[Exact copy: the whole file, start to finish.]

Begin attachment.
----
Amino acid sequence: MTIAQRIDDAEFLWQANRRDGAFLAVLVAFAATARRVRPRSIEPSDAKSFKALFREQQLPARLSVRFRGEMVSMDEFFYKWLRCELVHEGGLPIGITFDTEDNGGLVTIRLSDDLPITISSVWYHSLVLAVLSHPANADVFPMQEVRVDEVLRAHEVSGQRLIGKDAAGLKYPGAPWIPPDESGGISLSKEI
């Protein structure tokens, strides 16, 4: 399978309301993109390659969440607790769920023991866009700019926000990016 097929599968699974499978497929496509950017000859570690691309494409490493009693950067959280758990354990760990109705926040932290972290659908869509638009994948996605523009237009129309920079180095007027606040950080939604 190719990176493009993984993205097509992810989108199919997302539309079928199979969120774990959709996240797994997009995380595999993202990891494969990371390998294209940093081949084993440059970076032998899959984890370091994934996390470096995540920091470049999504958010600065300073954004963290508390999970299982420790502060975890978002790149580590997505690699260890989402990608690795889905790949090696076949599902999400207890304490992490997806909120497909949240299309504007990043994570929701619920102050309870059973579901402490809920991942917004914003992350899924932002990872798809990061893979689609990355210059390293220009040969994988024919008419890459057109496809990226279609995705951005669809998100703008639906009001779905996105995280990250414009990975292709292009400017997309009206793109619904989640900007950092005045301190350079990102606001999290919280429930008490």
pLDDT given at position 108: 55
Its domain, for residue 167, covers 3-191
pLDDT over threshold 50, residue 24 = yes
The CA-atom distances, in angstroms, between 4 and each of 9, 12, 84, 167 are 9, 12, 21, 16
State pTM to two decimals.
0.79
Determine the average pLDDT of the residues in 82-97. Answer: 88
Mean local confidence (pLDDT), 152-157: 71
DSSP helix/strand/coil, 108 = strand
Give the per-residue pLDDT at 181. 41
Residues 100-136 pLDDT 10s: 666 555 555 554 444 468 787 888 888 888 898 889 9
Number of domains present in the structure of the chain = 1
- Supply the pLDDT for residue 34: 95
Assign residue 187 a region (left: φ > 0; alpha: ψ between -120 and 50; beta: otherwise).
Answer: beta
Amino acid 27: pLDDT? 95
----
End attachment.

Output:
Amino acid sequence: MTIAQRIDDAEFLWQANRRDGAFLAVLVAFAATARRVRPRSIEPSDAKSFKALFREQQLPARLSVRFRGEMVSMDEFFYKWLRCELVHEGGLPIGITFDTEDNGGLVTIRLSDDLPITISSVWYHSLVLAVLSHPANADVFPMQEVRVDEVLRAHEVSGQRLIGKDAAGLKYPGAPWIPPDESGGISLSKEI
């Protein structure tokens, strides 16, 4: 399978309301993109390659969440607790769920023991866009700019926000990016 097929599968699974499978497929496509950017000859570690691309494409490493009693950067959280758990354990760990109705926040932290972290659908869509638009994948996605523009237009129309920079180095007027606040950080939604 190719990176493009993984993205097509992810989108199919997302539309079928199979969120774990959709996240797994997009995380595999993202990891494969990371390998294209940093081949084993440059970076032998899959984890370091994934996390470096995540920091470049999504958010600065300073954004963290508390999970299982420790502060975890978002790149580590997505690699260890989402990608690795889905790949090696076949599902999400207890304490992490997806909120497909949240299309504007990043994570929701619920102050309870059973579901402490809920991942917004914003992350899924932002990872798809990061893979689609990355210059390293220009040969994988024919008419890459057109496809990226279609995705951005669809998100703008639906009001779905996105995280990250414009990975292709292009400017997309009206793109619904989640900007950092005045301190350079990102606001999290919280429930008490």
pLDDT given at position 108: 55
Its domain, for residue 167, covers 3-191
pLDDT over threshold 50, residue 24 = yes
The CA-atom distances, in angstroms, between 4 and each of 9, 12, 84, 167 are 9, 12, 21, 16
State pTM to two decimals.
0.79
Determine the average pLDDT of the residues in 82-97. Answer: 88
Mean local confidence (pLDDT), 152-157: 71
DSSP helix/strand/coil, 108 = strand
Give the per-residue pLDDT at 181. 41
Residues 100-136 pLDDT 10s: 666 555 555 554 444 468 787 888 888 888 898 889 9
Number of domains present in the structure of the chain = 1
- Supply the pLDDT for residue 34: 95
Assign residue 187 a region (left: φ > 0; alpha: ψ between -120 and 50; beta: otherwise).
Answer: beta
Amino acid 27: pLDDT? 95